Phat Girls Have Big Moves 

Jessica Judd's Phat Fly Girls hope to break the stigma against "average"-sized dancers.

A former ballerina who took up lyrical jazz and hip-hop at age 23, Jessica Judd is no stranger to the flesh phobias that pervade contemporary western dance. From the jump, she knew that most companies favor taut-limbed coryphées and fly girls with washboard stomachs over anything that could be considered "average." But such preferences really came to light ten years ago, when Judd started auditioning for repertory groups. At the time she was a size 14 or 15, which would qualify as "curvy" in real life, but turned out to be a major liability in the rarefied dance world. "They ask your weight on the audition forms," Judd said. "It was clear I was not going to fit in." Judd explained that "average" skews pretty small in most dance companies — generally between a size 2 and a size 6, with 8 being a rarely tolerated upper limit. "If you look at So You Think You Can Dance on TV, I know those women are very, very small," she said. "You don't realize how small they are until you see them in regular clothes."

Plus-sized dancers can look just as fly onstage as their zero-fat counterparts, Judd contends, but they have a long history of being maligned by mandatory weight restrictions. By 2000 she had almost given up hope of getting beyond the basic studio recital level. Then Judd's mother read an article about a Bay Area dance instructor named Marina Wolf Ahmad, whose company Big Moves featured all the size 8 and up women who normally get dissed at casting calls. Judd hooked up with Big Moves and cofounded the Phat Fly Girls dance troupe in 2001. Since then she has performed all over the West Coast. Last year the Phat Fly Girls headlined a CounterPulse show called "All That Flab," in which they reworked the lyrics of Broadway choreographer Bob Fosse (the man behind Chicago, Cabaret, and All That Jazz) to promote "fat positive" themes. Now the director of Big Moves' Bay Area chapter, Judd works with guest choreographers to find steps that "look good on large bodies." She teaches dancers to sashay and pirouette in a way that distributes their weight. The organization's goal, she said, is to get people of all sizes on stage, which means they occasionally get "averaged-sized" participants. Granted, Judd added, "I guess average-sized is actually plus-sized."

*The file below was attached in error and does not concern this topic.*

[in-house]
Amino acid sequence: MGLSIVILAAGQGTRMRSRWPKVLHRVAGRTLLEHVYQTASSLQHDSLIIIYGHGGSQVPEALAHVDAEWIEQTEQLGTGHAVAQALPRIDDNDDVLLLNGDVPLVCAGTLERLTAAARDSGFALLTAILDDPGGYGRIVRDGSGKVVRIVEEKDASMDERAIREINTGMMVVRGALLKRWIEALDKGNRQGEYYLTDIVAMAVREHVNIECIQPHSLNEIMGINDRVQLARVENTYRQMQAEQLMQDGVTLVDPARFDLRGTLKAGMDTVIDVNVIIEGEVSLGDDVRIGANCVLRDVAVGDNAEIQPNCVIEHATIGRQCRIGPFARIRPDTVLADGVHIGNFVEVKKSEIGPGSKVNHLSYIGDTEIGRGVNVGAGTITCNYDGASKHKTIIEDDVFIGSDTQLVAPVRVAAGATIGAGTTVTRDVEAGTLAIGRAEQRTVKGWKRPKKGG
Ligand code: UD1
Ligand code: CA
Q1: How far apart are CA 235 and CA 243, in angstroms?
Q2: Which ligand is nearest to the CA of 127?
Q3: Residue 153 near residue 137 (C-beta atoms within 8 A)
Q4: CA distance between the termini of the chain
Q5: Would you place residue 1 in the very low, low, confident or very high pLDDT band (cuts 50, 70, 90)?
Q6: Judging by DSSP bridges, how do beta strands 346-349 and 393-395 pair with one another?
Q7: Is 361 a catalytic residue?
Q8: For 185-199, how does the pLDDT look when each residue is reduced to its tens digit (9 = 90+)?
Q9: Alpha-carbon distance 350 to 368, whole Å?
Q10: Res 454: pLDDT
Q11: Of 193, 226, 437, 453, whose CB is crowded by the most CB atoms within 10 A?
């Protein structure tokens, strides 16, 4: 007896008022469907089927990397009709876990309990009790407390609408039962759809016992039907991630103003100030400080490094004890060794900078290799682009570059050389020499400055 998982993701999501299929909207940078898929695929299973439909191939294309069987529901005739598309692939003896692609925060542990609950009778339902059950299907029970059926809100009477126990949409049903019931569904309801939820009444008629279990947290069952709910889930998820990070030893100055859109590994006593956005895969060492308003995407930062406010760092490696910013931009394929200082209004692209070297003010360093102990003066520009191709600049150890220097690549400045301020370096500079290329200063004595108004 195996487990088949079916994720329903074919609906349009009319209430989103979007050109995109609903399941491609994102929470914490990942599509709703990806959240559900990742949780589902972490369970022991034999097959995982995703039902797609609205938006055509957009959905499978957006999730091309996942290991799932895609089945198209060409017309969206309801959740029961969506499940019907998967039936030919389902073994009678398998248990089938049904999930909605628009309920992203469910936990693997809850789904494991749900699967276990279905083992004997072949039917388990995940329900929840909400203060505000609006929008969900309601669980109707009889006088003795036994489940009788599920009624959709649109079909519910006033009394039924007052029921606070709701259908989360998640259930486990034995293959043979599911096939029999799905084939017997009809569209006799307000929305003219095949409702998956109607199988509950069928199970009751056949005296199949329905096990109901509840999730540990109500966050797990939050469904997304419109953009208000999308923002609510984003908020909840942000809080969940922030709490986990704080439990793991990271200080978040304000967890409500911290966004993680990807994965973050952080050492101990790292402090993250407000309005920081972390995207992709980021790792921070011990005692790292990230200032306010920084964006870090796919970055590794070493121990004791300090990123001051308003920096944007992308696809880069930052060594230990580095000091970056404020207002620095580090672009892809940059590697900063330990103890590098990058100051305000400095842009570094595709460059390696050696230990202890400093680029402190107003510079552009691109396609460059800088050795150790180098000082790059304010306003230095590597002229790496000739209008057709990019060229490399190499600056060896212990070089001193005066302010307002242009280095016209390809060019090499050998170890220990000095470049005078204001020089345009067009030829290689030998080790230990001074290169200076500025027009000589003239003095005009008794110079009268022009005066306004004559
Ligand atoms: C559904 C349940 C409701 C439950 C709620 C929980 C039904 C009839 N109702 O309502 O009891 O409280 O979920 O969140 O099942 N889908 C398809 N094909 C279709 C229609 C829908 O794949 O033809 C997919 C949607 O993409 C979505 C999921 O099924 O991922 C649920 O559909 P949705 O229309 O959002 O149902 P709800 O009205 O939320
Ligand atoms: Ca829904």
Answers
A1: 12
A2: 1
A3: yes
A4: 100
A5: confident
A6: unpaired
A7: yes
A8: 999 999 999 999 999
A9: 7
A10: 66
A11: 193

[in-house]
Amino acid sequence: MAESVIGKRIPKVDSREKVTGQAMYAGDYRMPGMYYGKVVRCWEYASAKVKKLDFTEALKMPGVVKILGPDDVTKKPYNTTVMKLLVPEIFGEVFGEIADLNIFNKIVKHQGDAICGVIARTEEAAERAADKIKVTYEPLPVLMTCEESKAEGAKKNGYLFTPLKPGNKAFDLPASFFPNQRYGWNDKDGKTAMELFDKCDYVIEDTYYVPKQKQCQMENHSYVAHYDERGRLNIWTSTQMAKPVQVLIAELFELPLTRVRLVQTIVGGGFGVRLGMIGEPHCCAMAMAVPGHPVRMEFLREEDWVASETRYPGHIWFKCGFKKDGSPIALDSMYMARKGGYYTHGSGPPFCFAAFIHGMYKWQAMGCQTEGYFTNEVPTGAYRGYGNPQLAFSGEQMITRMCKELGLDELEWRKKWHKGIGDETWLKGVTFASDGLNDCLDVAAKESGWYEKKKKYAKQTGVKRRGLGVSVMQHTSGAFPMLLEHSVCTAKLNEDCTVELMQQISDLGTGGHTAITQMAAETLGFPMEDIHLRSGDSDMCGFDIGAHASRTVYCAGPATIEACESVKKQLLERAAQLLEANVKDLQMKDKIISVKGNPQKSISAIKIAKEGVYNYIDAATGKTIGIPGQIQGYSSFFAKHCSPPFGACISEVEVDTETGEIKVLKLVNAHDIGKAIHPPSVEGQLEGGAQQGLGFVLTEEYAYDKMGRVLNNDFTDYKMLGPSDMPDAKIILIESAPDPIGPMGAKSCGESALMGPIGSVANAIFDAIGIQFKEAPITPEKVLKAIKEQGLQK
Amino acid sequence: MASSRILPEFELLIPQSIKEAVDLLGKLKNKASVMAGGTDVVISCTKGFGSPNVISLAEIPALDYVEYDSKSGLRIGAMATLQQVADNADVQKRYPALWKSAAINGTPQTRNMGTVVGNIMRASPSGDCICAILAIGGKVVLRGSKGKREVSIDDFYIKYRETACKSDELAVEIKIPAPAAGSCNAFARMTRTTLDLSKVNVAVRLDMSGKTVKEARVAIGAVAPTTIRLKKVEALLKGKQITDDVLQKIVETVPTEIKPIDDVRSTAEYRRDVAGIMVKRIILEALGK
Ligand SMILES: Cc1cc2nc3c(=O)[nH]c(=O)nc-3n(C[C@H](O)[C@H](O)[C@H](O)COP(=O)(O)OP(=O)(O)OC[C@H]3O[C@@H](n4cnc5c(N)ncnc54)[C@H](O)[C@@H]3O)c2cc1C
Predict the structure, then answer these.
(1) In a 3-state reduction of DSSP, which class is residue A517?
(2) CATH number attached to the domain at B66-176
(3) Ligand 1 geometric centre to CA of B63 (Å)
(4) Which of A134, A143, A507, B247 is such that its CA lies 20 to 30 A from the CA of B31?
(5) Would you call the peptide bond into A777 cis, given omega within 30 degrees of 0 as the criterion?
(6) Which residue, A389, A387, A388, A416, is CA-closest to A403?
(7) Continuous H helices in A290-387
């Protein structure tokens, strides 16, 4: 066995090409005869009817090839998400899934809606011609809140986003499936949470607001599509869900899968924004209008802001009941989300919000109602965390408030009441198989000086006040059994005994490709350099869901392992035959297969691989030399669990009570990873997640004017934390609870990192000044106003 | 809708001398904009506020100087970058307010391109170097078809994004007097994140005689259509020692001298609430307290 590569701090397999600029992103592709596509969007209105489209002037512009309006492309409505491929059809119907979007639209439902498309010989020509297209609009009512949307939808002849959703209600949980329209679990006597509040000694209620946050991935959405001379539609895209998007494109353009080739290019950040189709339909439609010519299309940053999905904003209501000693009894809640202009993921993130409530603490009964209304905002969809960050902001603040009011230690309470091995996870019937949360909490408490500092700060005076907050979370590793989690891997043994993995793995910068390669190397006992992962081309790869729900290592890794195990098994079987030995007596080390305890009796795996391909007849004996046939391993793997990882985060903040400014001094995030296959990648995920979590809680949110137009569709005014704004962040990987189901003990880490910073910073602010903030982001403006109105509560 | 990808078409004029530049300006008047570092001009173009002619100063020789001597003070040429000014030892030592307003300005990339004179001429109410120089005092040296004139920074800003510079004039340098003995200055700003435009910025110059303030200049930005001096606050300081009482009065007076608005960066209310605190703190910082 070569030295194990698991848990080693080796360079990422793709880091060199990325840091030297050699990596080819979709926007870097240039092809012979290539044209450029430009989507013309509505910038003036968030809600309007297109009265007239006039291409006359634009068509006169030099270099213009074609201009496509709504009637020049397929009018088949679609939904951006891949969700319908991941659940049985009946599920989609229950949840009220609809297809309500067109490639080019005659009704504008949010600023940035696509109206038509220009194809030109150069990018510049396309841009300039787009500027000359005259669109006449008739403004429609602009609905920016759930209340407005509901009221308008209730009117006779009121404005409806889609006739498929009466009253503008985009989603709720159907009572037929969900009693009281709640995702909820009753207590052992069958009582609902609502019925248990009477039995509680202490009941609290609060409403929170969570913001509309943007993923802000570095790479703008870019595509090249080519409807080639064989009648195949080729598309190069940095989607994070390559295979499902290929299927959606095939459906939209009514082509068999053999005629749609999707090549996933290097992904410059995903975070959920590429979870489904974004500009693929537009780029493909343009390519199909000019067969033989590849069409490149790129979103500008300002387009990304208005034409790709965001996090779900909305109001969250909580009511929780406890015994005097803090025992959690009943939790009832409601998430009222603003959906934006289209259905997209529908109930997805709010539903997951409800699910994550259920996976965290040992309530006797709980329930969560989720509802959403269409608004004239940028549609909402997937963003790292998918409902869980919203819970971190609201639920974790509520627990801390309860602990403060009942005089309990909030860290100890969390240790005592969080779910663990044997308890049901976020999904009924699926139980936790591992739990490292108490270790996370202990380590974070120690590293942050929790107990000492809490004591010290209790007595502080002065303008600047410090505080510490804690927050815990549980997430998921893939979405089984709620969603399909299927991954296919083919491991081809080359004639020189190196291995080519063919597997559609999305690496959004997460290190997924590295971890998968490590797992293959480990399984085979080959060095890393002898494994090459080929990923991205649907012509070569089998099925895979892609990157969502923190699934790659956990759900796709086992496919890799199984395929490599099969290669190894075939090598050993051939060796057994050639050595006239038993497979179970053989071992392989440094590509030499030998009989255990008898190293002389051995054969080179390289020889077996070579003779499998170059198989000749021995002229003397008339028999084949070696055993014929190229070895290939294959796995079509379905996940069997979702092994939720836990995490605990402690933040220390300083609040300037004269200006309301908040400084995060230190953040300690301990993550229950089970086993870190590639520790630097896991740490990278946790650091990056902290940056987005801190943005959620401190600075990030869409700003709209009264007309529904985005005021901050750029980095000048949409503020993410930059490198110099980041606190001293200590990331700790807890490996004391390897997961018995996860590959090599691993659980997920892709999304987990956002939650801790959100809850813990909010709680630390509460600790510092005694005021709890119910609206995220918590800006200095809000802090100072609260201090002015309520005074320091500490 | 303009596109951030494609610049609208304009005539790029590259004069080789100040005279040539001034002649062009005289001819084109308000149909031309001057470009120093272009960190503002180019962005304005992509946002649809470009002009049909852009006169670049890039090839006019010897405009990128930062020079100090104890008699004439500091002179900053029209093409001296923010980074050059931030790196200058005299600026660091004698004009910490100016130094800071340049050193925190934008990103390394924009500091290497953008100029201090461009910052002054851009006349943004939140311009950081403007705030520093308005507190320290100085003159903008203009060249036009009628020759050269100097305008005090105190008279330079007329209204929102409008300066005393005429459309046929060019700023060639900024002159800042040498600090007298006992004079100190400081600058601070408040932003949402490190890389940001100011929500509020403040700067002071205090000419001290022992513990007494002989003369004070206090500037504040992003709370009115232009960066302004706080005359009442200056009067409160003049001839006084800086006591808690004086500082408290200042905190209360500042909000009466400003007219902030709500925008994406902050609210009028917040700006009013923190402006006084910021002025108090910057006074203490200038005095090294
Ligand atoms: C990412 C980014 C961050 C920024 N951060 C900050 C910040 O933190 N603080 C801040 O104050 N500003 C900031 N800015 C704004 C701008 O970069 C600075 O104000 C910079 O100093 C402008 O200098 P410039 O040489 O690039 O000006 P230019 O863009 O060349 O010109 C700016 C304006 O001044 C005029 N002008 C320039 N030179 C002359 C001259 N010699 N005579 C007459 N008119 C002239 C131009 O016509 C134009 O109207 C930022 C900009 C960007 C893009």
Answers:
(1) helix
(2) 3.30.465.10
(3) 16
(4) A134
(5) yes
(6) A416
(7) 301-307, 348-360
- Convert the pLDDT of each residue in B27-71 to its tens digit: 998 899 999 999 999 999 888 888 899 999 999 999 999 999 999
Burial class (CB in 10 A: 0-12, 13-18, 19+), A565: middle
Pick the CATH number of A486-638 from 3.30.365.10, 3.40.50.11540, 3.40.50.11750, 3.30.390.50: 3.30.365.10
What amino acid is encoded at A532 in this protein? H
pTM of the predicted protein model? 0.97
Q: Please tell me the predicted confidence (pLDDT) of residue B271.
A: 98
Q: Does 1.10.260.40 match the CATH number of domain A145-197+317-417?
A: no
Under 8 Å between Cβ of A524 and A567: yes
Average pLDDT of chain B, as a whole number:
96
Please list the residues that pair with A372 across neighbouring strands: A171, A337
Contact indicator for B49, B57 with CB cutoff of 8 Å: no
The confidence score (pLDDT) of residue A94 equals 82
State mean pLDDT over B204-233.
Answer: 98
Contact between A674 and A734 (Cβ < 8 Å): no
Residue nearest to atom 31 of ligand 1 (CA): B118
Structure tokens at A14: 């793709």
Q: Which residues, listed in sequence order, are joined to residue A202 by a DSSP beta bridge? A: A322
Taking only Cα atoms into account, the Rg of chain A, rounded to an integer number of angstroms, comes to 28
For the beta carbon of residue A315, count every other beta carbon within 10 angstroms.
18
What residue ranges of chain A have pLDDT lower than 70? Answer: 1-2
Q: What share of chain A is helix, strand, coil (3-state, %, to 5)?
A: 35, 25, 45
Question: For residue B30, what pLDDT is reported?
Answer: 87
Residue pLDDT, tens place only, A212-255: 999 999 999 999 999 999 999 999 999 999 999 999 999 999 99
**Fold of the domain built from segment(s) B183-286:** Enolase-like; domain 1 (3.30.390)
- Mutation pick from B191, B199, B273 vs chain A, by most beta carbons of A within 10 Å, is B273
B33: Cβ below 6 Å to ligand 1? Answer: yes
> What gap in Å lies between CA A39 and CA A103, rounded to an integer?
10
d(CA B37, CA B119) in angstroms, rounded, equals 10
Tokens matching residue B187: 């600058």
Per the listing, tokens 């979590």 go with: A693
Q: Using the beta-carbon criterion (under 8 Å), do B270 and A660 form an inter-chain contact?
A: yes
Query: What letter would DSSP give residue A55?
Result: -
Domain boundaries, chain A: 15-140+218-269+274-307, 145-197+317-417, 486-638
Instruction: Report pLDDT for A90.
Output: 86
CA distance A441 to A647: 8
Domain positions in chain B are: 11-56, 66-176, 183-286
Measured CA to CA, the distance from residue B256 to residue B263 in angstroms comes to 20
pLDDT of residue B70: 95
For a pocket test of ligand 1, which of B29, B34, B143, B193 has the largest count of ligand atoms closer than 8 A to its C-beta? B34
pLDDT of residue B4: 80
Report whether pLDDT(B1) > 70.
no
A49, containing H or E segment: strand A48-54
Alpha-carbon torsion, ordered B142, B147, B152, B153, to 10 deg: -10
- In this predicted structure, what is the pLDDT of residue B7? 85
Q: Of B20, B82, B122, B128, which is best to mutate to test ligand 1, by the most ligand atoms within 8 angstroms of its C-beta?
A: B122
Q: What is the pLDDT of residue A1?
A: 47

This Saturday, March 29, Big Moves will hold its annual Taste for Dance fund-raiser at the First Unitarian Church of Oakland (685 14th St.), featuring a big bubbly fountain that drips chocolate, plus a buffet with samplings from local chocolatiers including See's, Scharffen Berger, and Godiva. Not to mention there's dance — including performances by Rubenesque Burlesque, the belly dance duo Raks Africa, and, of course, those Phat Fly Girls. 7-9 p.m., $15-$18.


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